Other sources include the sale of military reservations, as may be authorized by Congress, pursuant to the provisions of existing laws and regulations governing sales of government properties. Another source could be the lease or joint development of military reservations, as may be authorized by the President, pursuant to the provisions of existing laws and regulations governing lease or joint development of government properties.
The fund could also come from shares of the AFP from the sale of military camps provided for under RA 7227, as amended, and at least 50 percent of the proceeds, net of direct expenses authorized to be deducted from such proceeds from the lease and/or joint venture agreements and such other dispositions pertaining to the same camps in accordance with applicable and/or existing orders, rules, regulations, and issuances.
Still, other sources are: income derived from public-private partnerships entered into by the Department of National Defense or the AFP, as may be authorized by the President; and, sale of non-strategic real estate assets of the DND or the AFP as determined by the National Defense Secretary.
Within 30 days from the effectivity of HB 8969, of enacted into law, the concerned military and uniformed services shall submit a complete list of their real assets in the manner prescribed by the Department of Finance to identify additional sources of funding for budgetary support of their services and augment the financing of the separation, retirement, and pension benefits of their military and uniformed personnel under existing laws and this act.
ACCORDING to Salceda, the annual appropriations allocated to the current MUP pension system have significantly increased over the years.
From a pension fund appropriation of P64.2 billion in 2014, the budget has increased to P128.6 billion in 2023, a growth equivalent to 101 percent, the lawmaker said.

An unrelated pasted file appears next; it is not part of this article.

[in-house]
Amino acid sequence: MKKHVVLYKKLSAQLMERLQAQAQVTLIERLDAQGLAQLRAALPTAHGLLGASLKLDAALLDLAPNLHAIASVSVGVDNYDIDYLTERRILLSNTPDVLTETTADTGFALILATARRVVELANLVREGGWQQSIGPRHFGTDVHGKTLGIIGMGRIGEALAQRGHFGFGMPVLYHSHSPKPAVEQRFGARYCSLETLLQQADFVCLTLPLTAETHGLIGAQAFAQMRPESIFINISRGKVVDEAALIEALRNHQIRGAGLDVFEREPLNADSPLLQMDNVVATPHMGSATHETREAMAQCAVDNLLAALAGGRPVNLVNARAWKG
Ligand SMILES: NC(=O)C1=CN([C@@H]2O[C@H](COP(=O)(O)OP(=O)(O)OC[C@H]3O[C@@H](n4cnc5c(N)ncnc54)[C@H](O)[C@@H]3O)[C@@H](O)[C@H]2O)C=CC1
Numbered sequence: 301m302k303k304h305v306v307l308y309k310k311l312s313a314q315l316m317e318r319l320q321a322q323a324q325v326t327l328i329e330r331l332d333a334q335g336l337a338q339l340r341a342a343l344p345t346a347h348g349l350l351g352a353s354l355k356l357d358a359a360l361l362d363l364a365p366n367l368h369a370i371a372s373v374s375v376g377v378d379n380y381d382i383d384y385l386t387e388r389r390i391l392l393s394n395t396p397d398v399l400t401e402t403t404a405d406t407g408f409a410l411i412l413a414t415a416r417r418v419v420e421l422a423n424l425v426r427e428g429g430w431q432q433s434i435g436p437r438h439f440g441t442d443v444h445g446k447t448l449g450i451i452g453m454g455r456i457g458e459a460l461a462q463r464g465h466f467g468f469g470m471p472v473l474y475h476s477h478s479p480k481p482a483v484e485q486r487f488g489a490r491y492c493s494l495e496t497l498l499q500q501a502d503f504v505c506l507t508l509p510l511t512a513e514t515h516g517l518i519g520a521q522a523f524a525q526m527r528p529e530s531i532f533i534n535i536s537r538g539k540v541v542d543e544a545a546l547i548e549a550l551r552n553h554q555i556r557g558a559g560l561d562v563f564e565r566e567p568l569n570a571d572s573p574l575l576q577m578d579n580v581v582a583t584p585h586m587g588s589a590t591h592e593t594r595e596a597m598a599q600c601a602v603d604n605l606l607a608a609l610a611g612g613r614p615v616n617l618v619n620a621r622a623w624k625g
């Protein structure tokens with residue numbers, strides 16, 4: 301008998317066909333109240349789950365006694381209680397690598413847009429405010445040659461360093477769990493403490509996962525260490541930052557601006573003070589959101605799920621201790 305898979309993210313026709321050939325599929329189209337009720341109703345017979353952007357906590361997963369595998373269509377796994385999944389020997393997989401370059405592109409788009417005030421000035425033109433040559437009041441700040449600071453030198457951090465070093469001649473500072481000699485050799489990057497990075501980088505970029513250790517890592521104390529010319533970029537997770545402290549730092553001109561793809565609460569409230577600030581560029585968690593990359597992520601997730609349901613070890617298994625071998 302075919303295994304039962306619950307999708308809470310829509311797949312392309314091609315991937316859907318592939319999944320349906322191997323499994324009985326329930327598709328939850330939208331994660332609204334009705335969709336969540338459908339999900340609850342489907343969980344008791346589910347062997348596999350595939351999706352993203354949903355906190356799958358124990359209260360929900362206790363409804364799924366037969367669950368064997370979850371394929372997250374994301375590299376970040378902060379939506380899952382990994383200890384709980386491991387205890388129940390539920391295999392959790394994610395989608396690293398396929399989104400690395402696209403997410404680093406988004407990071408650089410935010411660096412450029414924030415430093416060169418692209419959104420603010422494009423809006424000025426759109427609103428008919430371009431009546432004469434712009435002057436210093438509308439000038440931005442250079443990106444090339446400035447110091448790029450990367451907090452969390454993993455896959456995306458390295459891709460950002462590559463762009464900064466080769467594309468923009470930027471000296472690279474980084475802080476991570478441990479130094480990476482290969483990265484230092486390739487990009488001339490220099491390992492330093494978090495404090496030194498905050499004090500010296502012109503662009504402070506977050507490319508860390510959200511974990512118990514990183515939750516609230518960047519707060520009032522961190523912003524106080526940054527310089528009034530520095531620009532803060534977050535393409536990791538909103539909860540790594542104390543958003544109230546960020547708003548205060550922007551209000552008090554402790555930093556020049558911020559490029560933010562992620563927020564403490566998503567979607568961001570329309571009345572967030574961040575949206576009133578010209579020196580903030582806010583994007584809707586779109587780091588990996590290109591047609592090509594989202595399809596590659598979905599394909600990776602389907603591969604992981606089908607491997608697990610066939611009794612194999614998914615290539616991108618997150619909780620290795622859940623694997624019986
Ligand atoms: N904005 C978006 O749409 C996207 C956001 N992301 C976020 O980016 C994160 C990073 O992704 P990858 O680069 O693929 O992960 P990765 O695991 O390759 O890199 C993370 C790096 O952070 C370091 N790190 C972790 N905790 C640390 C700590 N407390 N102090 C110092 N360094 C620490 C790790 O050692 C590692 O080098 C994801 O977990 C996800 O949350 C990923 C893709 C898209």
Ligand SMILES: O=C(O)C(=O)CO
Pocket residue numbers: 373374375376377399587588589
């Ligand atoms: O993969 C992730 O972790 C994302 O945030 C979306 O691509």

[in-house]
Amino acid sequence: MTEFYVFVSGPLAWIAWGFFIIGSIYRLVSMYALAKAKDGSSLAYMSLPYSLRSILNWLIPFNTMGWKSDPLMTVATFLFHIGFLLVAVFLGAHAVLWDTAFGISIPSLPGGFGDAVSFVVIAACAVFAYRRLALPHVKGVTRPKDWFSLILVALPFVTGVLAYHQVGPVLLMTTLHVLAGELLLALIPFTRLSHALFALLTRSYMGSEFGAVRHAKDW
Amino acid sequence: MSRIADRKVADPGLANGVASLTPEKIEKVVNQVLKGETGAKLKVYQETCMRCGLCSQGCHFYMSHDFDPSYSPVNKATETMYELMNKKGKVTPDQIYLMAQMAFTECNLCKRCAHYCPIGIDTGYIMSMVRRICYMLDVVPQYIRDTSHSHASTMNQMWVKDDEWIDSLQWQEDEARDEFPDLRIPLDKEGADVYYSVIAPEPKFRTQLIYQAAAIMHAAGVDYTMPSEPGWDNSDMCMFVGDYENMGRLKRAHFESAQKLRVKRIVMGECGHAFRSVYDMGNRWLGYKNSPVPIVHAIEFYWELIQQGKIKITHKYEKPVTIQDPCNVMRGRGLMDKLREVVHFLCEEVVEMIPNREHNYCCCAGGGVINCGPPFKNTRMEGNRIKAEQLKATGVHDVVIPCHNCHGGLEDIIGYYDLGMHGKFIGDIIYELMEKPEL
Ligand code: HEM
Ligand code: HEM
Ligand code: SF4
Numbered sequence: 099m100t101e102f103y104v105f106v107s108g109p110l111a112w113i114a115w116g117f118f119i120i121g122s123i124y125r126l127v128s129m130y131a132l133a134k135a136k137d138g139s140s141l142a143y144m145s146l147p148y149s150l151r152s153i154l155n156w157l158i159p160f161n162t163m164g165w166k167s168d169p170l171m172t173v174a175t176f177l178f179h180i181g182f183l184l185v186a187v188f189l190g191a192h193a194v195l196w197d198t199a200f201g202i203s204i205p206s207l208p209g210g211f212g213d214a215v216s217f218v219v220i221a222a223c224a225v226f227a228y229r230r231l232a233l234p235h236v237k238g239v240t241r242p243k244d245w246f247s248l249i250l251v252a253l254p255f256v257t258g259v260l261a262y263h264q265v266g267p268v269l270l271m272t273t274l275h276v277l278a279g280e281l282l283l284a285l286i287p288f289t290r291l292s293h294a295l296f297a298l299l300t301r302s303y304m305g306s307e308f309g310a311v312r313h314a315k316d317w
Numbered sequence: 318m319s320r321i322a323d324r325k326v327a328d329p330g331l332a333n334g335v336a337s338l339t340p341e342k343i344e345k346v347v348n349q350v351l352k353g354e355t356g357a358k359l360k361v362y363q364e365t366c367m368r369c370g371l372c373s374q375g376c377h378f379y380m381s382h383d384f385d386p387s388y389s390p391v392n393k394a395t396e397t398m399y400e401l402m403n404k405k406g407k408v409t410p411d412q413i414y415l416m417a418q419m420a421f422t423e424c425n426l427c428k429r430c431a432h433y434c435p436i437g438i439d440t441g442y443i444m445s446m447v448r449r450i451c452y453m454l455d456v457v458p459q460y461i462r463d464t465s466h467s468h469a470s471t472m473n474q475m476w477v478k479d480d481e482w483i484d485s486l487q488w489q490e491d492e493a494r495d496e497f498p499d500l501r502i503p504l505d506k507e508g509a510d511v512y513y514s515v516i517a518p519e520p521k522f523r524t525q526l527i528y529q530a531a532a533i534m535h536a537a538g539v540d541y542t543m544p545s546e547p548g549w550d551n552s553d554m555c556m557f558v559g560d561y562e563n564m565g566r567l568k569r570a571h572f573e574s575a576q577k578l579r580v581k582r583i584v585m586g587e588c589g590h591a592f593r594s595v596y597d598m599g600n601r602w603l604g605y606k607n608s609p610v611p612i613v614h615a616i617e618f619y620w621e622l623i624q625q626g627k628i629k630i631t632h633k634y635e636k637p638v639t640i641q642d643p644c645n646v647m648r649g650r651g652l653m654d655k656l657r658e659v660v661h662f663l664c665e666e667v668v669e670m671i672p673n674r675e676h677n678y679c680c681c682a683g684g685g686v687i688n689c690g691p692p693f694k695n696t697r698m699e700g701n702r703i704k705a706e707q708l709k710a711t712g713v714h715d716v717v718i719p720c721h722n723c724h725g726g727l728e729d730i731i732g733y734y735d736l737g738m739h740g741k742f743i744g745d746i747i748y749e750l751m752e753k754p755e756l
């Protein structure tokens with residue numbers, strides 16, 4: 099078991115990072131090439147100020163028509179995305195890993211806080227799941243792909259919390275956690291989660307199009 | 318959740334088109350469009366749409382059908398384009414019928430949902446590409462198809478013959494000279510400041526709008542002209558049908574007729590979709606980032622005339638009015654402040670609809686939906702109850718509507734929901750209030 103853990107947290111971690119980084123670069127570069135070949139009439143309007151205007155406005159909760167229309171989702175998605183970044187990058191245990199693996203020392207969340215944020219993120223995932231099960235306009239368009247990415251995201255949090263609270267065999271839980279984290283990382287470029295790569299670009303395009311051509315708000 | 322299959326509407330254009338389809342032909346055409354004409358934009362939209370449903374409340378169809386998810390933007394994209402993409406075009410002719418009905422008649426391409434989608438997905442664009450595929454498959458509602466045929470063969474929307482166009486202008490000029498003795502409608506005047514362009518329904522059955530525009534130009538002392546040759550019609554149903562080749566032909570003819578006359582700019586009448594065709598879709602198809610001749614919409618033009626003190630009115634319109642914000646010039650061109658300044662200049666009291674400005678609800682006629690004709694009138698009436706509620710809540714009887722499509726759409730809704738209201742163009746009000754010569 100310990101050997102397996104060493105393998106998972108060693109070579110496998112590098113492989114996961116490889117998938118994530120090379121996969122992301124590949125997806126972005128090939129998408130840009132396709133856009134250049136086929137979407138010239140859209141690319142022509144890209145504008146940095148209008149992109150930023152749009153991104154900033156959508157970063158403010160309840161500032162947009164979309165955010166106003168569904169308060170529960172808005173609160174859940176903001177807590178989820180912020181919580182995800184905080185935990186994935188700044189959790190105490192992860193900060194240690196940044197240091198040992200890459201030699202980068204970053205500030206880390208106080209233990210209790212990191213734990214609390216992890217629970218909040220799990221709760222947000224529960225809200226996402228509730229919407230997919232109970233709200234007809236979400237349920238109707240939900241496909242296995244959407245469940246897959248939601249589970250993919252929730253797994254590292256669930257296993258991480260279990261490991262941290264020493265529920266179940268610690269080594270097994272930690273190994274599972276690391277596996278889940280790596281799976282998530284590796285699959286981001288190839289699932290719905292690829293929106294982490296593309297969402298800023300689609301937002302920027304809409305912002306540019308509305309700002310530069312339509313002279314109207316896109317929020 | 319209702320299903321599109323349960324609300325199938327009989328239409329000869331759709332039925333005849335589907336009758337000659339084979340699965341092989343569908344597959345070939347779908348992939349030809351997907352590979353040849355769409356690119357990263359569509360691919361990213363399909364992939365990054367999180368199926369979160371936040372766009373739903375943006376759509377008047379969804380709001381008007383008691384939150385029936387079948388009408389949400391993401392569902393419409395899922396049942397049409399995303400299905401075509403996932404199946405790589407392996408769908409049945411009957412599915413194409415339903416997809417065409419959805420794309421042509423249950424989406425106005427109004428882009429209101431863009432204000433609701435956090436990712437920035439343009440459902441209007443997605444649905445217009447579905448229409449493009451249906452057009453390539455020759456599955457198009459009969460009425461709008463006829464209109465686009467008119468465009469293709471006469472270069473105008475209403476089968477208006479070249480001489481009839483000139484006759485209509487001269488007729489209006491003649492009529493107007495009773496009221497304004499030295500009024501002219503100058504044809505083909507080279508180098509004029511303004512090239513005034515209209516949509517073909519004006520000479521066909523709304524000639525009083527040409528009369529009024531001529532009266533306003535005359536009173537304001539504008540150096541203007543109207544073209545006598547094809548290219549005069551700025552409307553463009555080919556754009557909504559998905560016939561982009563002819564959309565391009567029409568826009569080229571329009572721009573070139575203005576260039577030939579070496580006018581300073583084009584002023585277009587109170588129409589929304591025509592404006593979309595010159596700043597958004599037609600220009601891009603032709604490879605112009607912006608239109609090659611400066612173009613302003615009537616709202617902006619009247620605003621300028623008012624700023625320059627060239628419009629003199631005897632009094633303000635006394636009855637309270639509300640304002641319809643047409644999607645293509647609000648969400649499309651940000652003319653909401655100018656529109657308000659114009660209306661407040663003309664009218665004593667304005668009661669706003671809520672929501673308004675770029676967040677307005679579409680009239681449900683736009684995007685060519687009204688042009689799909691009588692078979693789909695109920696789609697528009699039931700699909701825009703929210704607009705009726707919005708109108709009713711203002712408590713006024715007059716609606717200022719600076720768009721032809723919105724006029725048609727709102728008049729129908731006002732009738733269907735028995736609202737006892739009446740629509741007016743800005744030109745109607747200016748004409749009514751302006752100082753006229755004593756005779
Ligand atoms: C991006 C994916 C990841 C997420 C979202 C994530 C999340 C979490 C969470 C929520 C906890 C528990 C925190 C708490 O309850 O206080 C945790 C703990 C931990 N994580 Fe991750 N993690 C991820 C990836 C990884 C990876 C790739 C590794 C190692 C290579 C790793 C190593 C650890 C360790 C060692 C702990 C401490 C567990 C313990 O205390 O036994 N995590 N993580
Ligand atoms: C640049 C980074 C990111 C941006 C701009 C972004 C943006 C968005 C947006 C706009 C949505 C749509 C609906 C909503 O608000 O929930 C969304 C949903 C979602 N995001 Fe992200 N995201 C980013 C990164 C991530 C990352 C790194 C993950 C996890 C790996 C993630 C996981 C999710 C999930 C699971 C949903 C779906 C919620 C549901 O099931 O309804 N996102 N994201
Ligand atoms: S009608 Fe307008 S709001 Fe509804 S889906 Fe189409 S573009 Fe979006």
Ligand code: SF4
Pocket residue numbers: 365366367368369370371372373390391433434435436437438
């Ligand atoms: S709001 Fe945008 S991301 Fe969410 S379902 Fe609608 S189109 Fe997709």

Salceda said the pension system is indexed to the salary of active personnel, contrary to the common practice of using the highest salary as the basis for retirement or the Government Service and Insurance System practice of using the average monthly salary received by a government employee during the last three years immediately preceding retirement.
The lawmaker added that the estimates of actuarial reserve deficiency for the MUP pension should also decline from the original P9.6 trillion.
The proposal seeks to establish a viable funding source for the pension requirements of the MUPs, which stand at P158.4 billion for fiscal year 2023 and are estimated to increase to P257 billion for fiscal year 2024.
HB 8969 gained ayes from 272 members of the House of Representatives and nays from four lawmakers; one abstained.
The bill covers “all employees of the government who wear uniforms, with ranks, may be armed or unarmed, primarily involved in national defense, enforcement of laws, and in the maintenance of peace, order, and security, and who belong to any of the following services: Armed Forces of the Philippines (AFP), Philippine National Police, Philippine Coast Guard, Bureau of Fire Protection, Bureau of Jail Management and Penology, Bureau of Corrections, and commissioned officers of the hydrography branch of the National Mapping and Resource Information Authority who were transferred from the Bureau of Coast and Geodetic Survey.”